Author : Rahul Sinha
According to Section 2 (zb) of the Trade Marks Act, 1999, “trade mark means a mark capable of being represented graphically and which is capable of distinguishing the goods or services of one person from those of others and may include shape of goods, their packaging and combination of colours.”
Requisites of registrable trademark:
1. Marks should have been a distinctive feature.
2. Marks should be graphically representable.
3. The consumer should be able to distinct between different traders.
A trademark, trade mark, or trade-mark is a recognizable sign, design or expression which identifies products or services of a particular source from those of others. The trademark owner can be an individual, business organization, or any legal entity. A trademark may be located on a package, a label, a voucher or on the product itself. For the sake of corporate identity trademarks are also being displayed on company buildings.
Essentials of a trademark:
1. Distinctiveness of the trademark. By distinction we mean some quality in the trademark which embarked the goods marked as distinct from those of other products or such goods.
2. The trademark preferably should be an invented word. The best trademarks are invented words.
3. The trademark should be easy to remember and pronounce.
4. It should not be descriptive word but can be suggestive of the quality of goods.
5. It should satisfy the requirements of registration.
6. It should not belong to the class of marks prohibited for registration.
The essential function of a trademark is to exclusively identify the commercial source or origin of products or services, so a trademark, properly called, indicates source or serves as a badge of origin. In other words, trademarks serve to identify a particular business as the source of goods or services. The use of a trademark in this way is known as trademark use. Certain exclusive rights attach to a registered mark.
It should be noted that trademark rights generally arise out of the use of, or to maintain exclusive rights over, that sign in relation to certain products or services, assuming there are no other trademark objections.
Different goods and services have been classified by the International (Nice) Classification of Goods and Services into 45 Trademark Classes (1 to 34 cover goods, and 35 to 45 services). The idea behind this system is to specify and limit the extension of the intellectual property right by determining which goods or services are covered by the mark, and to unify classification systems around the world. The first trademark law in India was passed in the year 1940 and was known as the Trade Marks Act, 1940. This law was subsequently replaced by the Trade and Merchandise Act, 1958. Thereafter the Government of India amended this Act in order to bring the Indian trademark law in compliance with its TRIPS obligations. The new Act that was passed was the Trade Marks Act, 1999. This Act came into force in the year 2003. The Trade Marks Act, 1999 and the Trade Marks Rules, 2002, presently govern the trademark law in India.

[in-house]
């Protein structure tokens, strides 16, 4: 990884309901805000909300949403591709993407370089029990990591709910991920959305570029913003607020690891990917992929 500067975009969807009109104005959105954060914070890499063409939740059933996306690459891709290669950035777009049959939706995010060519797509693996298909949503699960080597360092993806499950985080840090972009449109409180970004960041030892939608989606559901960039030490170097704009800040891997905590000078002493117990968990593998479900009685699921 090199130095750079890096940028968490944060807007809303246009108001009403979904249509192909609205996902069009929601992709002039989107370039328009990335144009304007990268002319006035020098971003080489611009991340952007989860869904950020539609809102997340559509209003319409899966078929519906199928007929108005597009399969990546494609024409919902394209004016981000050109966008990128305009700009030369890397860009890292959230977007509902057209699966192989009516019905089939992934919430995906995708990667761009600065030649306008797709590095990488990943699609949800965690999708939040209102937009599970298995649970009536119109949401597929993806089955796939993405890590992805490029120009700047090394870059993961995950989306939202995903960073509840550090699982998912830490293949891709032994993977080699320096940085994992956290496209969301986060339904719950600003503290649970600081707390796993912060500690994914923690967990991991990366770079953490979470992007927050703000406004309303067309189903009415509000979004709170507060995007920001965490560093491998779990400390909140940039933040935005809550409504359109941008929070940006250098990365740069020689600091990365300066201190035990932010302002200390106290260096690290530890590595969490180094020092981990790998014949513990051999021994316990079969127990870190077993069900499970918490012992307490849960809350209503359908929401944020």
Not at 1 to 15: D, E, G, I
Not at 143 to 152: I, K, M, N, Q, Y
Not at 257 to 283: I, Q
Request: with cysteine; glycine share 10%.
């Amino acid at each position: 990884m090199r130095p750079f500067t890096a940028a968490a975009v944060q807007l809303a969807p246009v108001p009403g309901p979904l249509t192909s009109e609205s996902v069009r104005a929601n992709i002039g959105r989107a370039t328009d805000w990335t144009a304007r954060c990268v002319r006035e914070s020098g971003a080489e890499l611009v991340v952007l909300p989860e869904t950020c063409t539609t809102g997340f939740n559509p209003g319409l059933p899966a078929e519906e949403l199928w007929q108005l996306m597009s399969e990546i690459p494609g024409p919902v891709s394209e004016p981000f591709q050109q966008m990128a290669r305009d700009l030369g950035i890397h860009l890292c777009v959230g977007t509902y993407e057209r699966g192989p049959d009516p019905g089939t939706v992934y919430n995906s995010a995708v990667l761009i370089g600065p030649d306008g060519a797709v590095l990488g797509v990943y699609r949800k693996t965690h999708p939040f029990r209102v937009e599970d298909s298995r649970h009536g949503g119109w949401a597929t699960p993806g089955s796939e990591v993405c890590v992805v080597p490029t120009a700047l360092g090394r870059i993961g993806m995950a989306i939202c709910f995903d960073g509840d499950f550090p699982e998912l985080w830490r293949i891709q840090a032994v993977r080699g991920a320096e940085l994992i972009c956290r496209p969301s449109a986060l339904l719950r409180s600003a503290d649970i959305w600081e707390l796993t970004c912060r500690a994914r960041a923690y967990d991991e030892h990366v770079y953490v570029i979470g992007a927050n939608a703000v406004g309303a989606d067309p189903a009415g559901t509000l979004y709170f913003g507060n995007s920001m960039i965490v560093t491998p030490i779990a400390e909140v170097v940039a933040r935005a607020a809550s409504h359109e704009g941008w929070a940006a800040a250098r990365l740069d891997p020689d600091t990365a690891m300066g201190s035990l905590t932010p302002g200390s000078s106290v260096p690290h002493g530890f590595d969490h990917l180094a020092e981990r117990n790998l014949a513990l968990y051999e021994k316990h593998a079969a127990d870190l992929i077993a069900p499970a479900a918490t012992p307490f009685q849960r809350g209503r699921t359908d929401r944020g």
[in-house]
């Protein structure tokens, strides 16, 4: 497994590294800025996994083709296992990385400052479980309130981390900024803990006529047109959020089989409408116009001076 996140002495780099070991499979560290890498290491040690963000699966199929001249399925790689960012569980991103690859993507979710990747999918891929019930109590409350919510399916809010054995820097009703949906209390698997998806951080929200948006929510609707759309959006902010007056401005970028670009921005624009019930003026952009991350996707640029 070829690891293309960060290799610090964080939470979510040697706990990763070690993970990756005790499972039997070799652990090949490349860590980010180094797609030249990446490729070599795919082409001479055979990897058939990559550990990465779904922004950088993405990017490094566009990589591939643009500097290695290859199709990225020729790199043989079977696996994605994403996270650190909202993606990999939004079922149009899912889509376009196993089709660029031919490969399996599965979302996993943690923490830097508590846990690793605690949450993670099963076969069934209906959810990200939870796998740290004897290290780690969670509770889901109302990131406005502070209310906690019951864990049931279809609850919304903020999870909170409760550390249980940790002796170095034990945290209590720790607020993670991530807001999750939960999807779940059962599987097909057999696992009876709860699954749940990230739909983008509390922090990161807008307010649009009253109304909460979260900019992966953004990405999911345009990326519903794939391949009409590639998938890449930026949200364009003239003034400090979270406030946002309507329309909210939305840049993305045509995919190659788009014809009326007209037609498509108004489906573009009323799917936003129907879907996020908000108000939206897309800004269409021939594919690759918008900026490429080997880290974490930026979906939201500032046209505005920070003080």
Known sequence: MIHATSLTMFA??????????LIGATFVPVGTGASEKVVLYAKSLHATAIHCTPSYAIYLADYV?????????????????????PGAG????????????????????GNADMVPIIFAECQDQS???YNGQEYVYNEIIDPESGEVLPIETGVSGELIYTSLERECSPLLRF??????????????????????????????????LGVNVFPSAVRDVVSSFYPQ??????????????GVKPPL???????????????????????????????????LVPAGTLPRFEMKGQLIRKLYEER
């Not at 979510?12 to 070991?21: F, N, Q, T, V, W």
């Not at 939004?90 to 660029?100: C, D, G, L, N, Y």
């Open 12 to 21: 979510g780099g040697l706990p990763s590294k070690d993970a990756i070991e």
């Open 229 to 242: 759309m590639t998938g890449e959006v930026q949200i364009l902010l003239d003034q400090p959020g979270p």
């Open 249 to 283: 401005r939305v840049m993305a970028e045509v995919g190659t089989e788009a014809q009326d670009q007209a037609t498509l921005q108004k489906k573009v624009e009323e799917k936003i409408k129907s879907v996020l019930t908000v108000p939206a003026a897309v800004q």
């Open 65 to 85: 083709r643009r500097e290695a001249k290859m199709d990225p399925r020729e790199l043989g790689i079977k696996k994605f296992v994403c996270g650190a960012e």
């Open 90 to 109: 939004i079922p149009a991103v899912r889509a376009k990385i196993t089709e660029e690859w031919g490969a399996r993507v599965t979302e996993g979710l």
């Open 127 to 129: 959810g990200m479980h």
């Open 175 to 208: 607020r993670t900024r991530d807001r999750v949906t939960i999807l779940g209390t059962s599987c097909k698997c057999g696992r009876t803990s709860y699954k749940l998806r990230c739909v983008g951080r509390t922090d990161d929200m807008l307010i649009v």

The trademark law in India is a ‘first-to-file’ system that requires no evidence of prior use of the mark in commerce. A trademark application can be filed on a ‘proposed to be used or intent-to-use’ basis or based on use of the mark in commerce. The term ‘use’ under The Trade Marks Act, 1999 has acquired a broad meaning and does not necessarily mean the physical presence of the goods in India. Presence of the trademark on the Internet and publication in international magazines and journals having circulation in India are also considered as use in India. One of the first landmark judgments in this regard is the “Whirlpool case” in which the Court held that a rights holder can maintain a passing off action against an infringer on the basis of the trans-border reputation of its trademarks and that the actual presence of the goods or the actual use of the mark in India is not mandatory. It would suffice if the rights holder has attained reputation and goodwill in respect of the mark in India through advertisements or other means.
LAWS REGARDING USE OF SURNAMES, RELIGION, SECT
Marks that are primarily surnames (such as “SMITH SHOES” or “RODRIGUEZ COMPUTERS”) are treated the same as descriptive marks under U.S. trademark law. As a result, surnames are not given protection as trademark until they achieve secondary meaning through advertising or long use. A trademark is “primarily a surname” if the public would recognize it first as a surname, or if it consists of a surname and other material that is not registrable.
What’s there in a Name?
Whatever may be the intention of Great William Shakespeare stating the above phrase, a name (Trademark / Brand name) means a lot particularly, in today’s globally competitive business scenario. Success in the business world depends largely on the message you convey and the image you project. If people can’t pick you out easily, they will probably overlook your business in favour of one with a greater presence. Your trademark distinguishes your goods and services from those of your competitors’ and helps to establish your identity in the market place. According to International Trademarks Association (INTA), the average person sees or hears about 1500 trademarks every day. This number appears optimistic but may be true particularly in the cities like Mumbai, Delhi, Bangalore etc.
For a trademark owner, the Trademark is the most valuable asset. A Trademark gives your product an identity, it facilitates communication between your Company and the consumer. It is always an endeavor of every marketing and sales personnel to make sure that the Trademark for a product is as special and unique as the product. Distinctiveness may be inherent in the mark itself as in the case of invented words, non descriptive words, and devices. It can also be acquired by user in case of suggestive and descriptive words, surnames etc. depending upon extent of use, nature of the goods etc.